Bag Your Spices
Spices seem to take up an inordinate amount of room in the galley, yet no one wants to have bland food. And so everyone is looking for a better way to store their spices. I’ve posted several ideas in the past, as every boat is different and what works well for one won’t do at all on another boat.
Here’s another option, from Terri Leiser-Gross. She has over 100 spices on her boat!
Terri got a bunch of small, heavier than Ziploc, plastic bags, labels and five plastic boxes with hinged lids at The Container Store. Of course, I can’t find them online at The Container Store, but I’m guessing that if you go to an actual walk-in store you could find them — or see below for some very similar ones I found on Amazon.
Terri put her spices in the plastic bags and labelled them, then arranged them alphabetically in the boxes and labelled the boxes to make it easy to find the spices.
The nice thing about this system is that you can use whatever size boxes fit the space you have available; just make sure to get bags that will fit in the box with a bit of room to spare to make it easy to find the spices and also put them back in after using. If the fit is too snug, it’ll just be a pain to use!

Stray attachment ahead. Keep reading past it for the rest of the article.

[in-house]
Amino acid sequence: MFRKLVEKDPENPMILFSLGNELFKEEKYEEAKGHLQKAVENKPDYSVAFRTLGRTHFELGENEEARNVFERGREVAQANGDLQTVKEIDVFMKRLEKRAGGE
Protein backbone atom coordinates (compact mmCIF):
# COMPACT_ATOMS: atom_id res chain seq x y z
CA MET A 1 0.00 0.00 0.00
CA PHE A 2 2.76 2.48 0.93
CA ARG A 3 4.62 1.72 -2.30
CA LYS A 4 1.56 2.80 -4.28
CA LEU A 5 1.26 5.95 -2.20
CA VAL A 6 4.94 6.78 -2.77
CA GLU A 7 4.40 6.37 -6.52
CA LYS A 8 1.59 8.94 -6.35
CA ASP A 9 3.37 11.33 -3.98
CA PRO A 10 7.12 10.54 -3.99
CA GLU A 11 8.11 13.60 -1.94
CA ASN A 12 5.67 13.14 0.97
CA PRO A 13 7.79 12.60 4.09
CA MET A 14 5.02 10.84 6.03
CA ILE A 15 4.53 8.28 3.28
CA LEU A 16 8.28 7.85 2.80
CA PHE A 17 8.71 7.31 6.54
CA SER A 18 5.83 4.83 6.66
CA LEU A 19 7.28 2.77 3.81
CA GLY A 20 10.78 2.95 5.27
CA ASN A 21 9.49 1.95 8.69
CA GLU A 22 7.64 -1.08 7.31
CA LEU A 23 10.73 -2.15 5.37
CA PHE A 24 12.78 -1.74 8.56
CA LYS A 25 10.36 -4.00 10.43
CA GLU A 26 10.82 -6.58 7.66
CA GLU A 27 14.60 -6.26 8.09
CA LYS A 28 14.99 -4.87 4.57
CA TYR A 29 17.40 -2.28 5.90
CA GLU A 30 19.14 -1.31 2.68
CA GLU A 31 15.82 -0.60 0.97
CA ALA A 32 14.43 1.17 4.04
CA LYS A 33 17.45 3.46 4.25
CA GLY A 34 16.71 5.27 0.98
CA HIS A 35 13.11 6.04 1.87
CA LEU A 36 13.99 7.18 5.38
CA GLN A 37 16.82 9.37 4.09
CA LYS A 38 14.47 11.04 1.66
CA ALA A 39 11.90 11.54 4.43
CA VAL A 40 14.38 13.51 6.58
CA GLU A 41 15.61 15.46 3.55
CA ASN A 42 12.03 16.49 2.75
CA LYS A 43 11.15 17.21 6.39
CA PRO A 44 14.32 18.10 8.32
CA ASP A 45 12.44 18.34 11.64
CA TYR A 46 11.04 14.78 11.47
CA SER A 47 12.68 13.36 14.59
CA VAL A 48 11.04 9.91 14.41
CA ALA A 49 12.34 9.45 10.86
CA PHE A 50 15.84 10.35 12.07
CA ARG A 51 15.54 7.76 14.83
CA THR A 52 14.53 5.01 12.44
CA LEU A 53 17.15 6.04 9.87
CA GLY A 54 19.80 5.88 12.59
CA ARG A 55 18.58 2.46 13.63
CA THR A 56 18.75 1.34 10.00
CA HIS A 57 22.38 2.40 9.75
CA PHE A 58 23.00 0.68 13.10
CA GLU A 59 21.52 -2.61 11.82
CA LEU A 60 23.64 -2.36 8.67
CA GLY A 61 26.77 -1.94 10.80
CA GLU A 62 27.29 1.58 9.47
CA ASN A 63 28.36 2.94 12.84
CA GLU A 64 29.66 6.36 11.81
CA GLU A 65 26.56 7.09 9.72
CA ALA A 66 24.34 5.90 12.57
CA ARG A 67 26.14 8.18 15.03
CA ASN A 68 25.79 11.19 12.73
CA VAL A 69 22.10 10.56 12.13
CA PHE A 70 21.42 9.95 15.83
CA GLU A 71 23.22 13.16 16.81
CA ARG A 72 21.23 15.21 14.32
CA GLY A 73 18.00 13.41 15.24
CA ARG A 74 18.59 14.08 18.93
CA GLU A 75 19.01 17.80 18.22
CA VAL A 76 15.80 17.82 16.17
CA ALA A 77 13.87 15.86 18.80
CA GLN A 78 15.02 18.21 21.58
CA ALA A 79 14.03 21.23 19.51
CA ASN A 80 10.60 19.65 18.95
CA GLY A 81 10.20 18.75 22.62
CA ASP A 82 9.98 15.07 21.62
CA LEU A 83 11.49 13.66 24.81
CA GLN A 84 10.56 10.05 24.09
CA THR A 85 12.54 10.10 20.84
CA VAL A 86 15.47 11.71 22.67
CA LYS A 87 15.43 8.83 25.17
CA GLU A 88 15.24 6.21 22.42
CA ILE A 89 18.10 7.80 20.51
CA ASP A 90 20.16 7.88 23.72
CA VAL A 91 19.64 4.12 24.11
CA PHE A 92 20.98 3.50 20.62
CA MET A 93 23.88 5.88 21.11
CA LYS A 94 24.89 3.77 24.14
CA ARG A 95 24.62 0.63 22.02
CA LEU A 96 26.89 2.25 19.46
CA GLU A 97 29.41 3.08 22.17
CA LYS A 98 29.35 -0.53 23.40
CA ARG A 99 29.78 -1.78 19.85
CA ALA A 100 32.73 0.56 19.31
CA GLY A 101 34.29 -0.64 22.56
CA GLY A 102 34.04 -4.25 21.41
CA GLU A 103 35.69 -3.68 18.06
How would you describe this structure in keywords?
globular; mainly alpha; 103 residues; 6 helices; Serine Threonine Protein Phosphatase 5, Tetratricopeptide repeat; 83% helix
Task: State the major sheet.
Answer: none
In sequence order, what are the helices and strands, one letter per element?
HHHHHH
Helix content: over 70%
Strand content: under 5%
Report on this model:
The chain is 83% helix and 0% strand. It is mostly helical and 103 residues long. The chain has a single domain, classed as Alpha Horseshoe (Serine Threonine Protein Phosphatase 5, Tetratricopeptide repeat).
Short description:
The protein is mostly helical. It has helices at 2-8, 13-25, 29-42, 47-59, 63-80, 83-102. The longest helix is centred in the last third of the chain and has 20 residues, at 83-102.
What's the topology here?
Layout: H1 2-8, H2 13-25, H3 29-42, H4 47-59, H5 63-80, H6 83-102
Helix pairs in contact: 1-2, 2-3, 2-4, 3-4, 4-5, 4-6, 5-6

Terri used boxes with a latching hinged lid. If you think you might encounter some rough seas, a good choice would be Lock & Lock (or similar) containers — they’re a little heavier plastic and have latches on all four sides, so even if a box does get thrown to the floor, it’s not likely to pop open. Boxes are best if they’re no longer than 6 inches — more than that and the bags inside will just get jumbled.
The Lock & Lock boxes (or similar gasketed ones with tight latches from Sterilite or Rubbermaid) are also good if you’re in a climate with high humidity. You can even add a few desiccant packs to each box to further help with moisture. (Moisture will quickly degrade the flavor of most spices and will also cause them to clump.)
On Amazon, I found bags that have a white “write-on” square on them — not quite as neat as making labels but a lot faster. A 3″ x 4″ bag is about the smallest you want to use, both from the standpoint of being able to fit an entire bottle’s worth of a spice into a bag and to be able to open it wide enough to easily pour the spice in.
If you get write-on bags, be sure to use a permanent felt marker to label them — Sharpies work well. Otherwise, any dampness on your hands will make a mess of the labels. Don’t ask how I know this!
A real advantage of using bags like this: you won’t be tempted to hold the bag over a steaming pot and just sprinkle a bit in. The steam is just horrible for spices — taking away the flavor as well as making them clump — and it’s much better to just spoon out what you need.Here are the supplies I found on Amazon. However, be sure to get what will fit in your galley. Start with boxes that will fit (figure that you can fit about 5 spices per lengthwise inch of the box when figuring how many boxes you’ll need), then get bags that will fit the boxes, plus any labels needed.
It’s not a bad idea to get more bags than you need right now, as some will have to be replaced over time and you might buy a new spice or two. Unfortunately, it costs about as much to get 100 bags as 500 but they’re still not horribly expensive compared to other systems for storing spices.